Impact of telemedicine on health outcomes in children with medical complexity: an integrative review

Eur J Pediatr. 2021 Jul 1:1-12. doi: 10.1007/s00431-021-04164-2. Online ahead of print.


Children with medical complexity (CMC) are a high priority population with chronic illnesses dependent on the use of health services, on technological systems to support their vital functions and characterized by multiple health needs. One of the main challenges linked to chronic conditions is finding solutions to monitor CMC at home, avoiding re-hospitalization and the onset of complications. Telemedicine enables to remotely follow up patients and families. An integrative review was performed to assess whether telemedicine improves health outcomes for CMC. Medline/PubMed, CINAHL, Cochrane Library, Web of Science, and Scopus were searched to identify studies describing the effect of using telemedicine systems on health outcomes for CMC. The PRISMA guidelines were used to select the papers. The methodological quality of the studies was evaluated through the Johanna Briggs Institute critical appraisal tools and the Cochrane Collaboration ROB 2.0. A total of 17 papers met the quality criteria and were included. Specialized telemedicine systems (tele-visits), telehealth, and tele-monitoring have been reported to reduce unplanned hospitalizations and visits, decrease total costs for healthcare services and families, and increase satisfaction for family members. No effect was found on the quality of life in children and their families.Conclusion: Available evidence supporting the use of telemedicine in CMC is favorable but limited. High-quality methodological studies including other unexplored health outcomes such as mental health, hospital readmissions, mortality, caregiver competences, and self-efficacy are needed to confirm the effectiveness of telemedicine systems in improving health outcomes for CMC. What is Known: • CMC are an extremely fragile patient population with frequent access to healthcare services compared with other chronic conditions. • There is conflicting evidence of the effectiveness of telemedicine clinical outcomes, healthcare utilization, and costs in pediatrics. What is New: • There is some evidence that for CMC, telemedicine reduces unplanned hospitalizations, healthcare service costs, and financial burden for families, while increasing caregivers’ satisfaction with care. • Further research is needed to confirm the effectiveness of telemedicine systems in improving health for CMC.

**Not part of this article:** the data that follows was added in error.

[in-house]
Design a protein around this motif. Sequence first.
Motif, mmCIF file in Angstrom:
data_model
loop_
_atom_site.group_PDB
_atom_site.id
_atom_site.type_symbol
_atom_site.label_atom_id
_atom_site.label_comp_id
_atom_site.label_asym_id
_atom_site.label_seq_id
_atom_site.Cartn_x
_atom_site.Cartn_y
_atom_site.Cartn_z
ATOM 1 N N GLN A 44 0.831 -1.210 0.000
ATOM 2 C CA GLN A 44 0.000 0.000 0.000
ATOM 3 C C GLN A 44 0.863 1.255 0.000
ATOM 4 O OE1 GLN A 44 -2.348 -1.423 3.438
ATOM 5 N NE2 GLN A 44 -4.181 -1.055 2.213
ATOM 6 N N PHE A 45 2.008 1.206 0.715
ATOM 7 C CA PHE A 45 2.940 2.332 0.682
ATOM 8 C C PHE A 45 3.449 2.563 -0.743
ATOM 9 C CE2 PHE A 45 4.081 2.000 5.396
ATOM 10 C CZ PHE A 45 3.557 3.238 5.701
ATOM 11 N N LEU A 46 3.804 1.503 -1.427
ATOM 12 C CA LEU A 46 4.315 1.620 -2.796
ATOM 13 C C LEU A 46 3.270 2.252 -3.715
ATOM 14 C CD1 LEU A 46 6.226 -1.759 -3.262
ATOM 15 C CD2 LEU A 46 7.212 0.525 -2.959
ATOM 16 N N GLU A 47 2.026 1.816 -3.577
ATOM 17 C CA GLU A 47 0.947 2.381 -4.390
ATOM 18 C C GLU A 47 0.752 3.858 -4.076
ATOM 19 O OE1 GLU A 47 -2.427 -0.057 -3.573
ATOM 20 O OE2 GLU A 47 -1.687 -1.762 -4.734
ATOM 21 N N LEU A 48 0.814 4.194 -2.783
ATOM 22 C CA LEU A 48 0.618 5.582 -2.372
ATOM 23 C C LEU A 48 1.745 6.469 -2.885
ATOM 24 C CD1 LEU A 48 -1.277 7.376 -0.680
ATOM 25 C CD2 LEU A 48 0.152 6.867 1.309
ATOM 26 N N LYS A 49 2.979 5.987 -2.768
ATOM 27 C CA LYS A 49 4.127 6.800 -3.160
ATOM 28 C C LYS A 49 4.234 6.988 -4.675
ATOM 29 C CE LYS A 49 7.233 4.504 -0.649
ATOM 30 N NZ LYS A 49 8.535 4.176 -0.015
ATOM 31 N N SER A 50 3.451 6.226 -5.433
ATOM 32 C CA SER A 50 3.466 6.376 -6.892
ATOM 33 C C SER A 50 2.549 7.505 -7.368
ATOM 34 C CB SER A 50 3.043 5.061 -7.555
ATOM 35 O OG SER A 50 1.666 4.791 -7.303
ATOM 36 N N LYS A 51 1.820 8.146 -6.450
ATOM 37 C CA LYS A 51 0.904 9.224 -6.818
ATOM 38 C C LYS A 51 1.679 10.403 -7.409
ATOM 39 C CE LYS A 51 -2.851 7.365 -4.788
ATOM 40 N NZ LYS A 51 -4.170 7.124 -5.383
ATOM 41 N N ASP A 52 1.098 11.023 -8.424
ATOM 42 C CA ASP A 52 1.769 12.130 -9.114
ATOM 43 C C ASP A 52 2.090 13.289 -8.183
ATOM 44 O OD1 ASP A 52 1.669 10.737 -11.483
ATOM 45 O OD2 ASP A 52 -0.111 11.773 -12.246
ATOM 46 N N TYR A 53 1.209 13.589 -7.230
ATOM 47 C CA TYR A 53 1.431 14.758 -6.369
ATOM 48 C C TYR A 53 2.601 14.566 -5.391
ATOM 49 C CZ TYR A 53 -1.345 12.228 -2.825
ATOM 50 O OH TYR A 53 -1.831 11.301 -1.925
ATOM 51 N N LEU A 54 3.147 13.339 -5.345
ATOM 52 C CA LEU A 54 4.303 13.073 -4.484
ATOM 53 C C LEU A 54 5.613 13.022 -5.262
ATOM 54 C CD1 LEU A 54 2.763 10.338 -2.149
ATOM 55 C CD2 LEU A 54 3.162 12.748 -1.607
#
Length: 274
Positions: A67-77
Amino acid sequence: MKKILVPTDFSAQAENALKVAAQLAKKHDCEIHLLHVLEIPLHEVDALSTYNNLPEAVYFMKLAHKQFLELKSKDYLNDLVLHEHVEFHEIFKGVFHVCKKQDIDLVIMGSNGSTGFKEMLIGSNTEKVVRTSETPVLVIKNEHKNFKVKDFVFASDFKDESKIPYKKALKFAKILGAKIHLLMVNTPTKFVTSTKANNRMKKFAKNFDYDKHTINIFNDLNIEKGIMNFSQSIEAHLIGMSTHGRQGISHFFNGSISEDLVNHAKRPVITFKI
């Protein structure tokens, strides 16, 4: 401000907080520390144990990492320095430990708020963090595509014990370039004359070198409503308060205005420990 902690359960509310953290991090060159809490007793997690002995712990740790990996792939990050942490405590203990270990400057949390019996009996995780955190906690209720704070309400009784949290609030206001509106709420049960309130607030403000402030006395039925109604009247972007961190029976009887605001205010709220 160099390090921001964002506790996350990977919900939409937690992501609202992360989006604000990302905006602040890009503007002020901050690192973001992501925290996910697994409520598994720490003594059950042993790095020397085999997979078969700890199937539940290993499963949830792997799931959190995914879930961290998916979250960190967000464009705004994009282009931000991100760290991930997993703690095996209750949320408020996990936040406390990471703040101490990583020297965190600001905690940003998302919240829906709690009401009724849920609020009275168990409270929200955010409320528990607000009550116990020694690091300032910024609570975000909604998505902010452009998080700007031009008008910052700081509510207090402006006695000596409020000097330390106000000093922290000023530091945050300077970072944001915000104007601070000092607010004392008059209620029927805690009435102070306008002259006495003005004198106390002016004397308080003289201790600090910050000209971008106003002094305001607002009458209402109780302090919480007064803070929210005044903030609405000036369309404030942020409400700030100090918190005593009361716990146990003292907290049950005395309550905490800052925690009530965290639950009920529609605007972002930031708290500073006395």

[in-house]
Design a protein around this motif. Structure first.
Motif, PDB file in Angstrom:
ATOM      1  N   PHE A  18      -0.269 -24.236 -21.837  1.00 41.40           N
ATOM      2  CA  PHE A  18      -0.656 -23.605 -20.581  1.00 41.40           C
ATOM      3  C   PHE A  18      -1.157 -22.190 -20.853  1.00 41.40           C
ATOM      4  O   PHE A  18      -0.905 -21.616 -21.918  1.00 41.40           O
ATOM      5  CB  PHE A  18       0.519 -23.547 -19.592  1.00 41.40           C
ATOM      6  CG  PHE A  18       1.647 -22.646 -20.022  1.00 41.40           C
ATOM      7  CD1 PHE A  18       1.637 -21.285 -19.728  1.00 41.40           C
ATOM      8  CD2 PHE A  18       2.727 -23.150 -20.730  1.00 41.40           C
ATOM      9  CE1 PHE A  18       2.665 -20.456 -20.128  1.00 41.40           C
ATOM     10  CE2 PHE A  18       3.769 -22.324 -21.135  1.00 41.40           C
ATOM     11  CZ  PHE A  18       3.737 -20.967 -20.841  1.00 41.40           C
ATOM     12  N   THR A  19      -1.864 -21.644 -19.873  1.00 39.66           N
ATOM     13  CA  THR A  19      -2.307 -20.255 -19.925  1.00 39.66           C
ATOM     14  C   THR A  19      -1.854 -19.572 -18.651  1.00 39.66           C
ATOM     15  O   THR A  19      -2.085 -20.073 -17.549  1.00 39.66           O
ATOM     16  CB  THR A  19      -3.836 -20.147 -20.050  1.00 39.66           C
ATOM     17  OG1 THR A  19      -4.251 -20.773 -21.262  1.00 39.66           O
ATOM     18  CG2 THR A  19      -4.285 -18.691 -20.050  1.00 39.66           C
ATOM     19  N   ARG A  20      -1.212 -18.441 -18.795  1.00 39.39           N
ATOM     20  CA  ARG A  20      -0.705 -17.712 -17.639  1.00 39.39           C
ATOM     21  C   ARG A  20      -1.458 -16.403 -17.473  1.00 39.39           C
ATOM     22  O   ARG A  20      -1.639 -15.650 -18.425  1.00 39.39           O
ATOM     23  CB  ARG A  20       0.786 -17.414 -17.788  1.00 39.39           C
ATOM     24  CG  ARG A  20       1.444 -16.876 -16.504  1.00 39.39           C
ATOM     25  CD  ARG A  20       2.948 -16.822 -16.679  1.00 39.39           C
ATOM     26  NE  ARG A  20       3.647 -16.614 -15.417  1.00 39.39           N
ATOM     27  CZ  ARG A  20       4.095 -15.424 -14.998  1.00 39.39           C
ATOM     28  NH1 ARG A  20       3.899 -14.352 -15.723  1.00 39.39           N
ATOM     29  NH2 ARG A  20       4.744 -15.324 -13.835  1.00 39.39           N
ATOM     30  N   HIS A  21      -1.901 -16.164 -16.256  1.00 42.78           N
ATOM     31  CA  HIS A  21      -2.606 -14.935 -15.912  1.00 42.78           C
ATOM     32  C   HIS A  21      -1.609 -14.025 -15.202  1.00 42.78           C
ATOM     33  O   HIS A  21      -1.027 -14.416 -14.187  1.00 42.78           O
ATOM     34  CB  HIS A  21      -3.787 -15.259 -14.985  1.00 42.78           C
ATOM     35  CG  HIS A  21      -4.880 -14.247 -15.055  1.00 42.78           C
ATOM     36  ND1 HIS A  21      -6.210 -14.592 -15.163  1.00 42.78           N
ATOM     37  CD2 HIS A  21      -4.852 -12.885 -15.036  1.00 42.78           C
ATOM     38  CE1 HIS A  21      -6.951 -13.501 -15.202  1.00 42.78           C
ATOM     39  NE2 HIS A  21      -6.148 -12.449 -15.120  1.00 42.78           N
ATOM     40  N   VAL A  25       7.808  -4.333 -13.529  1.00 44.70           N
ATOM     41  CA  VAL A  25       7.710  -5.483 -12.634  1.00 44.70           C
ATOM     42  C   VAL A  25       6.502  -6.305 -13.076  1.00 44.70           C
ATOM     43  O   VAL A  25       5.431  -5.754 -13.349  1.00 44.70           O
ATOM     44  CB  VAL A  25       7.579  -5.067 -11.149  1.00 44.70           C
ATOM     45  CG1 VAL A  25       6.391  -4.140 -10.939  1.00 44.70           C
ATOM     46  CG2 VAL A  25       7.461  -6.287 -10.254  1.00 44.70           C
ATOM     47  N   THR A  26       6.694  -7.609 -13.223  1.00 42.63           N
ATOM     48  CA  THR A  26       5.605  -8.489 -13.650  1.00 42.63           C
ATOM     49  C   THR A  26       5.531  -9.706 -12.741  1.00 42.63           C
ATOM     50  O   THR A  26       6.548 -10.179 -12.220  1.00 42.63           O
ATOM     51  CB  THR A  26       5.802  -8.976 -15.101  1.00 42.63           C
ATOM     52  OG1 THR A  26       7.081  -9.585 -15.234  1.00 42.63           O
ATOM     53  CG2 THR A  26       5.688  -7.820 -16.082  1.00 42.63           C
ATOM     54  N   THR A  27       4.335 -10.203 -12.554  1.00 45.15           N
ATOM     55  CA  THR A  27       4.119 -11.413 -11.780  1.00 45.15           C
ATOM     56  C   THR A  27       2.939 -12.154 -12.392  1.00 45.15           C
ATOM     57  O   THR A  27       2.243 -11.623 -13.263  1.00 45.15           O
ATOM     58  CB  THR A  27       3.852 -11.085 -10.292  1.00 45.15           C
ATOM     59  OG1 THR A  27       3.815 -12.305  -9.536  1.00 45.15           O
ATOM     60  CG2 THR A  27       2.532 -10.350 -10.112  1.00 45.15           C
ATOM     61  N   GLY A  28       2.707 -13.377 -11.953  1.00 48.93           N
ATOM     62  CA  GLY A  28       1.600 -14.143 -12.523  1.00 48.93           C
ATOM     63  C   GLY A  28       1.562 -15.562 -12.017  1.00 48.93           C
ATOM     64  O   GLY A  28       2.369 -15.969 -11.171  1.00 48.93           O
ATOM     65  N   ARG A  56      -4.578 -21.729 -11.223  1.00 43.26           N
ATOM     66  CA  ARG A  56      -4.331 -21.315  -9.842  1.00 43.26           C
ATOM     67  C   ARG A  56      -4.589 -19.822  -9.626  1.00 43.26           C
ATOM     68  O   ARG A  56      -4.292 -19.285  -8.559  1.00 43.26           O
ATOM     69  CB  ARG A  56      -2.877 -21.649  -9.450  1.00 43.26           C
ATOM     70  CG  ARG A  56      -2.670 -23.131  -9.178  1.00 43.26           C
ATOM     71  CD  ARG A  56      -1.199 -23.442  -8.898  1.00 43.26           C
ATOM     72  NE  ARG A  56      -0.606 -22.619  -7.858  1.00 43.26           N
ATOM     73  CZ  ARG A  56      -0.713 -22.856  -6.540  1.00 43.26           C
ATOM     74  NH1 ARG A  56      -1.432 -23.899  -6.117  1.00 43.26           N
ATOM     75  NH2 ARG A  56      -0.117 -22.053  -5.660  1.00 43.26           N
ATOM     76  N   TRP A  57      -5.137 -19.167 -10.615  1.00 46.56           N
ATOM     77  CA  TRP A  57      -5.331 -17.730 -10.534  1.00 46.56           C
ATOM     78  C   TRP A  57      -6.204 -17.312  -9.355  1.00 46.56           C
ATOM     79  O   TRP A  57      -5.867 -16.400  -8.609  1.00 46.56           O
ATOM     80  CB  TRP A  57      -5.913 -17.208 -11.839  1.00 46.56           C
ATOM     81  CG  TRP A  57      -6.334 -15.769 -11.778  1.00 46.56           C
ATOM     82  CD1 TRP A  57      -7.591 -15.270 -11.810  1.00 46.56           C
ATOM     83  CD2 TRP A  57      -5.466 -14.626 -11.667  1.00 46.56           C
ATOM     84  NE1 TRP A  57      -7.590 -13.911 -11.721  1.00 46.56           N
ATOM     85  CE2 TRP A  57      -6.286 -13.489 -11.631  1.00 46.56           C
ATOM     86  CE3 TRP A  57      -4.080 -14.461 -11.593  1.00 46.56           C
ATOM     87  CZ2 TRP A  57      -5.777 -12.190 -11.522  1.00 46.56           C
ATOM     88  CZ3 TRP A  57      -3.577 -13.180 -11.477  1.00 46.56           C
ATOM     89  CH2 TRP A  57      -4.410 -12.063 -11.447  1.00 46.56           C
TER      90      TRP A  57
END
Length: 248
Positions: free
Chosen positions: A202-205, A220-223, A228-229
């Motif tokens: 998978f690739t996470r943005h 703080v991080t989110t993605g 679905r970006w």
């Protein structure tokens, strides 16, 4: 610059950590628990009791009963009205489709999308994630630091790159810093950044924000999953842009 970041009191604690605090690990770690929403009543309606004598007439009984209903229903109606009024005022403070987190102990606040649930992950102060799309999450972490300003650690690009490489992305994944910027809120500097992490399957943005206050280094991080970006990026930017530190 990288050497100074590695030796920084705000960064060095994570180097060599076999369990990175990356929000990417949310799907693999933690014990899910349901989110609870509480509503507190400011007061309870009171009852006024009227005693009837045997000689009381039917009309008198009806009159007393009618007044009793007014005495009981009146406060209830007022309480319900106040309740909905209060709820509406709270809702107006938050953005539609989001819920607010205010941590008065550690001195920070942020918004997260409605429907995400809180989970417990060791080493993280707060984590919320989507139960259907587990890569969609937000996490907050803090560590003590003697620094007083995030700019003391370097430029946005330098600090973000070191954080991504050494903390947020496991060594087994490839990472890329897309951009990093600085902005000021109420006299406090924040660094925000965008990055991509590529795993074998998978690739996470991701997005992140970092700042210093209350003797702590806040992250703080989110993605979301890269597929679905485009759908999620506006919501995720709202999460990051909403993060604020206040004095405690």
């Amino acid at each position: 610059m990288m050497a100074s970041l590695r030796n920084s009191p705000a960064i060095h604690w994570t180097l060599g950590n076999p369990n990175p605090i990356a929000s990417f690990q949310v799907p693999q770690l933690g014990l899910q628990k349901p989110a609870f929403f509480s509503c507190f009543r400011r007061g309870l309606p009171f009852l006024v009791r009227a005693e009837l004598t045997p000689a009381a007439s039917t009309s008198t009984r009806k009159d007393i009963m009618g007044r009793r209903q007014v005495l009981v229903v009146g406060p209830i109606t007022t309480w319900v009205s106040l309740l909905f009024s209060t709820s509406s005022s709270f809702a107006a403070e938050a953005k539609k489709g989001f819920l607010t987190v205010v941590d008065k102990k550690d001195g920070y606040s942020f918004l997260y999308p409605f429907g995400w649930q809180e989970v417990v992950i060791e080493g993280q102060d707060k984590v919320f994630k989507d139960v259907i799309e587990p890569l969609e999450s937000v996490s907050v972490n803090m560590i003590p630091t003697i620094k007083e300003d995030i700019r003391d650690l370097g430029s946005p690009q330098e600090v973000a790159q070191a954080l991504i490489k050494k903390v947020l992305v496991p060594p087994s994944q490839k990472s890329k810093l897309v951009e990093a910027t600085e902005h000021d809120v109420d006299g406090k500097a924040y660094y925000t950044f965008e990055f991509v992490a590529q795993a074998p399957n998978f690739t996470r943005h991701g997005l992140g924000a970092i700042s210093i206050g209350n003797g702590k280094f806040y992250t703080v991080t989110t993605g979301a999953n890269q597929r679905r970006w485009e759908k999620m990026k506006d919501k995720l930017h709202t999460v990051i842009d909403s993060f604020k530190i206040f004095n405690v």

PMID:34196791 | PMC:PMC8246433 | DOI:10.1007/s00431-021-04164-2